Photos By Dakota Fine, Words By Logan Hollers
The best and brightest of D.C.’s ramen noodle culture converged in Brookland on Sunday for the first annual Ramen World event, sponsored by Mess Hall DC. Billed as an event designed to “highlight some of the area’s hottest Asian culinary concepts,” the sold-out affair offered unlimited ramen from numerous area vendors, unlimited Kirin Ichiban, and a sampling of unlimited cocktails. Unlimited Kirin and cocktails is always a ballsy move, but it certainly made the waits in ramen lines much more enjoyable…and, as the day moved along, increasingly wobbly for all.
The main attraction: (incredibly generously portioned) brothy noodle soups. As expected, the three big participants, Toki Underground, Daikaya, and Chaplin’s, all brought their A-game to this event.
Toki offered a super rich, spicy tonkotsu broth with notes of lemongrass and a long, tingly finish thanks to the addition of ground Szechuan peppercorns. The milky soup, fried bologna, and minerally liver in the soup were a great match with the thick, golden noodles (whose excellent alkaline tang and great chew are always available for sale at Toki’s pop-up market in Union Station, Honeycomb Grocer). Fermented squash lent a pleasantly squeaky pickled component. Toki was also doing its best to kick-start a home-cooked ramen revolution, selling DIY ramen kits to take home for $35.
Daikaya went rogue, offering up a hiyashi chuka bowl (cold ramen noodles dressed in a light vinegar and soy-based sauce) named the “Rocky Balboa”. Pungent, briny, and funky as hell, this wasn’t dorm room ramen, but an intense blast of the sea thanks to miso marinated uni, salmon roe, and shredded nori. Break the soft-boiled egg and mix in the yolk, stir in a bit of the Japanese mustard smeared on the side of the bowl, and you had a salty pile of noodle-y goodness with a distinctive hit of wasabi-like heat on the back end. Super gnarly.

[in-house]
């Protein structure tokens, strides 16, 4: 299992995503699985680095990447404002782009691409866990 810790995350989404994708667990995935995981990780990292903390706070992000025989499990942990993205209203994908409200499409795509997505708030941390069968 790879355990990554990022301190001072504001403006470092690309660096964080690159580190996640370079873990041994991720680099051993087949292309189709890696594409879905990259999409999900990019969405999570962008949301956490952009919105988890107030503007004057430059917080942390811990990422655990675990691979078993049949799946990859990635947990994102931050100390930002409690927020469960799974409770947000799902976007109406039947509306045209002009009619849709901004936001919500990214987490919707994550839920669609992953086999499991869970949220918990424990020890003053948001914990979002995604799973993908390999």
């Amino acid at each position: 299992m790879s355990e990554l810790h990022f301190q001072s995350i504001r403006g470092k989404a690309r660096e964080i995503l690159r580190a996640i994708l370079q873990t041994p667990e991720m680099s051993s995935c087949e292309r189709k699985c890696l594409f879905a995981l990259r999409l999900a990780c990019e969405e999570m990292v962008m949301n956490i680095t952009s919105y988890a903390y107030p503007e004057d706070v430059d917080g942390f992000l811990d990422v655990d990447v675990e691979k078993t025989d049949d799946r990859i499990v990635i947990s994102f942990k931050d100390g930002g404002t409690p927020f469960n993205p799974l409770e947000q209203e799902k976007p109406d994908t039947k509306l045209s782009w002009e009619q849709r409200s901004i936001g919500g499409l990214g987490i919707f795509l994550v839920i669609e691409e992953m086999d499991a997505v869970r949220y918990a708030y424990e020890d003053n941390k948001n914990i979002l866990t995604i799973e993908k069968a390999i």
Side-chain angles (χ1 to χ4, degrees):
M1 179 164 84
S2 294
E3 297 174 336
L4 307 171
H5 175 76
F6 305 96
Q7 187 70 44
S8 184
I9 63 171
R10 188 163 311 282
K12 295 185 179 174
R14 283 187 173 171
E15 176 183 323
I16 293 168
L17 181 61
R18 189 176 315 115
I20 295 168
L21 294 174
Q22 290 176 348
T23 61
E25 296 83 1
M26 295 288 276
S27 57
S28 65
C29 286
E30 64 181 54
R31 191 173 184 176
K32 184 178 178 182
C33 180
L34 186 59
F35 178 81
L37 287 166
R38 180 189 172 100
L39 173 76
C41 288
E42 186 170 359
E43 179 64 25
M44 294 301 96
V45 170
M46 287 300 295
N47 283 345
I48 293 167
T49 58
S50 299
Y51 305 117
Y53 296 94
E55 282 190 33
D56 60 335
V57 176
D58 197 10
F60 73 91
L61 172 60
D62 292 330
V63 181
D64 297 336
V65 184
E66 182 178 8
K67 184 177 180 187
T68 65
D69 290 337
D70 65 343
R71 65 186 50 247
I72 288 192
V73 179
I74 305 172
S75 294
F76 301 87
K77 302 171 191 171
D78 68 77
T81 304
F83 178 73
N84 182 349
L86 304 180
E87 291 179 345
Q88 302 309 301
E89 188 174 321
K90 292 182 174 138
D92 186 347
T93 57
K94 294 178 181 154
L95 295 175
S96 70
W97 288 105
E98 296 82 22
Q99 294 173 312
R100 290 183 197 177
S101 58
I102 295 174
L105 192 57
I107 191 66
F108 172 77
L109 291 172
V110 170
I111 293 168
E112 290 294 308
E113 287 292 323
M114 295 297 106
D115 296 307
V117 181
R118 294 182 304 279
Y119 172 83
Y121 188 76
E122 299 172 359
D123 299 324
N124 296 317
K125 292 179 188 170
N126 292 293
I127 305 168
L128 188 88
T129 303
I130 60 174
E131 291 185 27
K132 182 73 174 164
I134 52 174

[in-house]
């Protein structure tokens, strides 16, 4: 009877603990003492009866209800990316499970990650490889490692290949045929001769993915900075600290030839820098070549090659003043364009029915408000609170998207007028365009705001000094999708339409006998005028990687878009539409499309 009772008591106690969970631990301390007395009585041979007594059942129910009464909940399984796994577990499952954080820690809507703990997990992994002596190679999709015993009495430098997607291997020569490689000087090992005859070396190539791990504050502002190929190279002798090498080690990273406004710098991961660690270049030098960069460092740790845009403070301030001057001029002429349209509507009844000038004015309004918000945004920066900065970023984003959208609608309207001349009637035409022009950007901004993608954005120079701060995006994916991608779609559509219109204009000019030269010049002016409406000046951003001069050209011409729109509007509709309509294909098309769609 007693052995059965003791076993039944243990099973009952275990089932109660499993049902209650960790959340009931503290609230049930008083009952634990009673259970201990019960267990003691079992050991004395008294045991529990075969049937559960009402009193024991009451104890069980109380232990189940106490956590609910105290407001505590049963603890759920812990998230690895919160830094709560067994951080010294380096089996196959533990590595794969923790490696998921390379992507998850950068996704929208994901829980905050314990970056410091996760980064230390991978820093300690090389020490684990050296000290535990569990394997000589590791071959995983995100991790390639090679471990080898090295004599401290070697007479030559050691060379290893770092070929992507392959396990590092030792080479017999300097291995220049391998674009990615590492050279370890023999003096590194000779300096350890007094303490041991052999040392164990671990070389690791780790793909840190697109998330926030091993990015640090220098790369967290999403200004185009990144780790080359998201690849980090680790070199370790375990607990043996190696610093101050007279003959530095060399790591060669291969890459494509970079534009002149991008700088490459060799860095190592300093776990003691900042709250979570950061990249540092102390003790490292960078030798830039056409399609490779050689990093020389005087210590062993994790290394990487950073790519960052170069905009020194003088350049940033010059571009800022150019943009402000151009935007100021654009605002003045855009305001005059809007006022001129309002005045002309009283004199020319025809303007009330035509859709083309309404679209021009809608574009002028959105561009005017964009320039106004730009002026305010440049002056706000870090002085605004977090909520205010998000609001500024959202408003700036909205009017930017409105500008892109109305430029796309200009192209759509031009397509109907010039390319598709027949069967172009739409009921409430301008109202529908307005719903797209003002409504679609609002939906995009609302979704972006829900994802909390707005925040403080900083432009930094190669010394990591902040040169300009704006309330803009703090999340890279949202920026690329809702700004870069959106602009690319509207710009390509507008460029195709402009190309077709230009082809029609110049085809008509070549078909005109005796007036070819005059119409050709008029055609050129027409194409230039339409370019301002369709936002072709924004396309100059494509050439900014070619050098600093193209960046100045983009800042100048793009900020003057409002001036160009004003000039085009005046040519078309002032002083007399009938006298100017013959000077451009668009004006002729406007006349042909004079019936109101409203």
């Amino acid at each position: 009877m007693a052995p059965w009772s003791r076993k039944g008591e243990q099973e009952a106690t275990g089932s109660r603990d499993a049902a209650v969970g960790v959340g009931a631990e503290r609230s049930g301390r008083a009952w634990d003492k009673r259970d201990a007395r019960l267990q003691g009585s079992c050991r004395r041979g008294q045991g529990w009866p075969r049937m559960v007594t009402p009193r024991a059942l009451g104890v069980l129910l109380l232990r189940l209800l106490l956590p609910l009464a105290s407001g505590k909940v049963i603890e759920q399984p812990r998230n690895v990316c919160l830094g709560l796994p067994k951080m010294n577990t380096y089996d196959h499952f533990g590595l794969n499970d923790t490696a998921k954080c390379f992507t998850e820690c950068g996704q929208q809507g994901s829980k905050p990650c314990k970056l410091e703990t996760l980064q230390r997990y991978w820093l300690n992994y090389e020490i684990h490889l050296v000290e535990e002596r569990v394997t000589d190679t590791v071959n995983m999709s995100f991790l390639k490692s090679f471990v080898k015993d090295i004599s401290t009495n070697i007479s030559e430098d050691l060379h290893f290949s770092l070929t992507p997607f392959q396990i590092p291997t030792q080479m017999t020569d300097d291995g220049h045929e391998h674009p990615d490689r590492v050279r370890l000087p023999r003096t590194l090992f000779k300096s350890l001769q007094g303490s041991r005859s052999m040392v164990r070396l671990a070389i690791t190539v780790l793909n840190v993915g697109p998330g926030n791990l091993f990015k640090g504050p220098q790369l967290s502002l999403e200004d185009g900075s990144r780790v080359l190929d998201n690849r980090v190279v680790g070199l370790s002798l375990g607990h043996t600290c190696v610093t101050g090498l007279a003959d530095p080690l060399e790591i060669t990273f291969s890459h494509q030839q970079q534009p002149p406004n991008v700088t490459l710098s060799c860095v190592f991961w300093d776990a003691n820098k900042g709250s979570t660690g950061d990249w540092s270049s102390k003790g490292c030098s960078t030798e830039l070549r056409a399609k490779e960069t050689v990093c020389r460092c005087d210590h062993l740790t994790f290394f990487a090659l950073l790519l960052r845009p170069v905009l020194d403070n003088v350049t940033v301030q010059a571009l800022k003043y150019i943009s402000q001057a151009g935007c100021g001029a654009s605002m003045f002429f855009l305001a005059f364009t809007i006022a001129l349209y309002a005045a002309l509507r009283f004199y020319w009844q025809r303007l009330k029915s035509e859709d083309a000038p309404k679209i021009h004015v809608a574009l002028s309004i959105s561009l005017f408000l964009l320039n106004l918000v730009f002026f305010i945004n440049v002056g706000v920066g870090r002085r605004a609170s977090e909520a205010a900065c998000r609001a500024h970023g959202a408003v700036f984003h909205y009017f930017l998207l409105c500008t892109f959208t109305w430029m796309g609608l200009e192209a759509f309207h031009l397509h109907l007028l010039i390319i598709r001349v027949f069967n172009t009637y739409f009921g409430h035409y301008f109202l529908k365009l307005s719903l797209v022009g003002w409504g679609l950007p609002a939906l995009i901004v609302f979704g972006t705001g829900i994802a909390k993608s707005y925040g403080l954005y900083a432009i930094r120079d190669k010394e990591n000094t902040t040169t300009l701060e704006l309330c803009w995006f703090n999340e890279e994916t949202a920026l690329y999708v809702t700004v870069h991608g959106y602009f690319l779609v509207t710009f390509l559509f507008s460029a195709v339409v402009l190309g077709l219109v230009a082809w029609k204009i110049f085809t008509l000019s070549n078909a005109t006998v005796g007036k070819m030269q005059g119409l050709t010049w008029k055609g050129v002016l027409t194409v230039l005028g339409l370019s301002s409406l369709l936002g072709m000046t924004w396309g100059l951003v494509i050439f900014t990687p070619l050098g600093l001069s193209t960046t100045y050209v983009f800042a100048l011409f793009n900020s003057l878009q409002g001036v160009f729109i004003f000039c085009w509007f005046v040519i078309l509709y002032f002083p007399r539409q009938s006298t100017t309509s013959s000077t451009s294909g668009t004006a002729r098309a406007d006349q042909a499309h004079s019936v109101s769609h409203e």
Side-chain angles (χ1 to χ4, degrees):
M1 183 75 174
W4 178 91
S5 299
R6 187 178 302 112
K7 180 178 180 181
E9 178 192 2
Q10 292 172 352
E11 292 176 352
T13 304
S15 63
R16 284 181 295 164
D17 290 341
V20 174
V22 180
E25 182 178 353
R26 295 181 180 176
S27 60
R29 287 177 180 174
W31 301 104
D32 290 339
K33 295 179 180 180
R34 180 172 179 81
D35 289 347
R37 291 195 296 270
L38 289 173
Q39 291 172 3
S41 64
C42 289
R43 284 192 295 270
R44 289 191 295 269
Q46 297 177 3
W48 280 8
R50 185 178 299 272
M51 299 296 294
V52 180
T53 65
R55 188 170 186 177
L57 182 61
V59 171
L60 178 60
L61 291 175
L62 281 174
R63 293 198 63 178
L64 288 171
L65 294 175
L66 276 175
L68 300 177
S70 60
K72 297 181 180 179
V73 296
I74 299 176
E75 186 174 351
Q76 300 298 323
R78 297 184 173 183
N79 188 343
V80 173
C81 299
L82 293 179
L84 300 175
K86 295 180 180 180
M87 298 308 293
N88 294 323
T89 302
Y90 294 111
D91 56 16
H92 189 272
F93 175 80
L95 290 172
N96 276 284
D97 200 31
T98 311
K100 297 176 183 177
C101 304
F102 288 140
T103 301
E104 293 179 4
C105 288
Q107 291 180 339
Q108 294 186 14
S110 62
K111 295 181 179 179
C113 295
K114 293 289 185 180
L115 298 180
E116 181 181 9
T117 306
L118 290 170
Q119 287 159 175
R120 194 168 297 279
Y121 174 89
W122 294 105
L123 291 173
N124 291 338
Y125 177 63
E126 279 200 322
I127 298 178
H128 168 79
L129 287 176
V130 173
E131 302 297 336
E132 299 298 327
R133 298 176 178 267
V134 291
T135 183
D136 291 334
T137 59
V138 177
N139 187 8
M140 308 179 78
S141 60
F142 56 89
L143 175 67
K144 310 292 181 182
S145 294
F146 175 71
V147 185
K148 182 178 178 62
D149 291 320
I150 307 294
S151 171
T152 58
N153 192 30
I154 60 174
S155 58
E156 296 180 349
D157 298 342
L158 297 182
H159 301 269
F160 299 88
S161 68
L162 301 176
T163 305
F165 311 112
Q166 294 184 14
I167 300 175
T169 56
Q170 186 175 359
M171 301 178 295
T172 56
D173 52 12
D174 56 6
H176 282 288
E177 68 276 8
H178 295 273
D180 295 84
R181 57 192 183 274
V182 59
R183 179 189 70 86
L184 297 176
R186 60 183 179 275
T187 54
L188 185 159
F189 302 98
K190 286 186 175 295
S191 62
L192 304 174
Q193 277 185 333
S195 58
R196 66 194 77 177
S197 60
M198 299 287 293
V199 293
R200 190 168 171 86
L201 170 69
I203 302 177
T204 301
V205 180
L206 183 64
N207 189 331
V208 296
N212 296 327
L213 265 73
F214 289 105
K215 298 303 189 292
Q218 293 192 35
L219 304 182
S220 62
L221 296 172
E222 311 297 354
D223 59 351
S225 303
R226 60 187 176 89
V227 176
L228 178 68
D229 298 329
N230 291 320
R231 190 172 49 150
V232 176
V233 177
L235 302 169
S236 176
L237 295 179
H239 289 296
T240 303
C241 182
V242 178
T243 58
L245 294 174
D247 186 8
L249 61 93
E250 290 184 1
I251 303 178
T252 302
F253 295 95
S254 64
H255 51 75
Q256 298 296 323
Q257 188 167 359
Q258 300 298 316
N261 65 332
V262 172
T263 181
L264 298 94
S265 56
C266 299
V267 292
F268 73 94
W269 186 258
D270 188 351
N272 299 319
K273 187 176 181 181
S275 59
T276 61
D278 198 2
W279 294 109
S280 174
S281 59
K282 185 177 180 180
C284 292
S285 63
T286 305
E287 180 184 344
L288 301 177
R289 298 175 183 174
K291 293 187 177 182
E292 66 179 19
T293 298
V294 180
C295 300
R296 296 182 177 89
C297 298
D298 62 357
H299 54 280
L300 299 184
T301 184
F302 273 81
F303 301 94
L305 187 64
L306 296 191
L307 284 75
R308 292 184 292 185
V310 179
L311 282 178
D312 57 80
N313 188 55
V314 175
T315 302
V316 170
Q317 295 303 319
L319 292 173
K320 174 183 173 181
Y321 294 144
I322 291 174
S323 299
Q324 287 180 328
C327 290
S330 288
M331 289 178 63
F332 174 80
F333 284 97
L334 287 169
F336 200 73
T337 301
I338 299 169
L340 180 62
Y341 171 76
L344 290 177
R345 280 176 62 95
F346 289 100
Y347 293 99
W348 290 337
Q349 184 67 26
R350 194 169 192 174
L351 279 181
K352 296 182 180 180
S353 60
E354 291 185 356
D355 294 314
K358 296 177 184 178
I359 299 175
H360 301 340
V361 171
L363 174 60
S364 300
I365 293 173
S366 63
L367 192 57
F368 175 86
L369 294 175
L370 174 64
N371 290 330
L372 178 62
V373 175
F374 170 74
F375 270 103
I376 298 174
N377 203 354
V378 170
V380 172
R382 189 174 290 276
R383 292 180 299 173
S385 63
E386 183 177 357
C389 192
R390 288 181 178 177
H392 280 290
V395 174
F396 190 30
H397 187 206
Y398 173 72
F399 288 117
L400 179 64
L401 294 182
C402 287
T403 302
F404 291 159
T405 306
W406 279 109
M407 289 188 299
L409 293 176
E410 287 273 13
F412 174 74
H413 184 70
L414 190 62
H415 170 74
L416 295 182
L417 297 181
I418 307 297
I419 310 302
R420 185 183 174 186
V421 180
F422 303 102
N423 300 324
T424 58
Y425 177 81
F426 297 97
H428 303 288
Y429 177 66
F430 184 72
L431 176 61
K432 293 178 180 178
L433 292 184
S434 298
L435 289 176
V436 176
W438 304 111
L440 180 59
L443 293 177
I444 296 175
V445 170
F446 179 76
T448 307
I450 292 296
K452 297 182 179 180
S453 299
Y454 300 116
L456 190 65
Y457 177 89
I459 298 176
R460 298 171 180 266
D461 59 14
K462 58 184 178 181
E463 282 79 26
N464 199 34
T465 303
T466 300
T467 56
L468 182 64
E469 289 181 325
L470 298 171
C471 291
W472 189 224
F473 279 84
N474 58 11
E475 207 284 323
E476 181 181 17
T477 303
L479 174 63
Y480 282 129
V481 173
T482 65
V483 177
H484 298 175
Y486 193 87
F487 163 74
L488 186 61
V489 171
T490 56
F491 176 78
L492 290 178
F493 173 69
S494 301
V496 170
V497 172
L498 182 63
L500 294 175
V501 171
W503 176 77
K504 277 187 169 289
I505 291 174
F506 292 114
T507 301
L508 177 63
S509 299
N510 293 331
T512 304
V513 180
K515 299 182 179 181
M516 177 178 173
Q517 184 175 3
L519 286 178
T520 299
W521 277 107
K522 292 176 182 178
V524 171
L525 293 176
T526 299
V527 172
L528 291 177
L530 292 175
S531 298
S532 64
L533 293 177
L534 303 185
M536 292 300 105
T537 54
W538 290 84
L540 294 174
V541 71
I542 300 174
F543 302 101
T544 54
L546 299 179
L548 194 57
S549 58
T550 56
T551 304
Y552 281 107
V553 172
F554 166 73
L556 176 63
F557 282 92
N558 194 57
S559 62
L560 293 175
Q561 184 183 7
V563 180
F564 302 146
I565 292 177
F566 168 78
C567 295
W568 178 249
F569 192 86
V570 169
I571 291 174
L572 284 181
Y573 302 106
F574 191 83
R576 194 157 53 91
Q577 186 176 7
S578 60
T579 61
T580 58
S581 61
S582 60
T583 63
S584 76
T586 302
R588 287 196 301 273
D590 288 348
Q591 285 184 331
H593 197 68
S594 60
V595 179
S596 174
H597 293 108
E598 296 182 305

Chaplin’s was the only participant to offer a little treat to those braving the long lines for ramen: a fried pork dumpling, injected with a mixture of soy, Sriracha, and…wait for it…rye whiskey. Boozy, umami-heavy, and fried – this was about as good as you’d think it would be, which is to say it was goddamned delicious. Chaplin’s was also moving bowls of tantan-men ramen, a spicy chili and sesame miso broth, containing minced pork, corn, bok choy, and a soft-boiled, soy-marinated egg garnished with chopped scallion. Hints of peanut butter (in a good way), and a rougher, more rustic broth texture. This was the overall winner of the day for me.
Thip Khao ensured there was a Laotian presence at the event, offering up a Khao Soi rice noodle soup with fermented bean paste, ground pork, watercress, enoki mushrooms, and wide rice noodles topped with puffed white rice. More sour and tangy than rich, this bowl was a refreshing break from some of the heavier pork fat-based noodle bowls.
The guys at Donburi definitely won the day’s service award, as they kept serving (on plastic lids) even after they ran out of bowls…and rice…and chopsticks…and shrimp. Those of us lucky enough to snag a bowl with everything in it were treated to the shop’s signature rice bowl with barely-smoked salmon sashimi, barbecued (to order) eel, deep-fried panko shrimp, and chicken karaage, all splashed with a house-made donburi sauce. A pile of pickles on the side cut through the rich proteins.
PhoWheels was also in the house, plating up five-spice maple glazed pork belly on Malaysian flatbread (kind of a mix between naan and a pita). The fatty (in a good way), decadent pork belly mingled with pickled vegetables, cucumber, and spicy mayo – super good, and a welcome textural contrast on a day filled predominantly with broth and noodles.
There were sweets too, if one was so inclined. I was not (needed that stomach space for more ramen and booze), though I did try a spoonful each of Dolcezza Gelato’s green tea and black sesame gelatos and laughed at SnoCream Company’s panda-shaped cookies and cream macaroons.
New York ramen master Ivan Orkin recently said “The ramen boom has ended.” Apologies, but he’s flat-out wrong. Ramen has grown, and continues growing, increasingly popular worldwide. We’ve gone from seeing ramen merely as a cheap, nutrition-deficient go-to when nothing else is available to now packing the house five nights a week at Toki, at Daikaya, at Chaplin’s, at Ren’s, at Sakuramen… The passion, dedication, and just straight enjoyment on display at the event yesterday makes clear that ramen is a “trend” that’s here to stay. I’ll say this: based on what we saw at Ramen World on Sunday, the state of ramen (in DC especially) has never been better.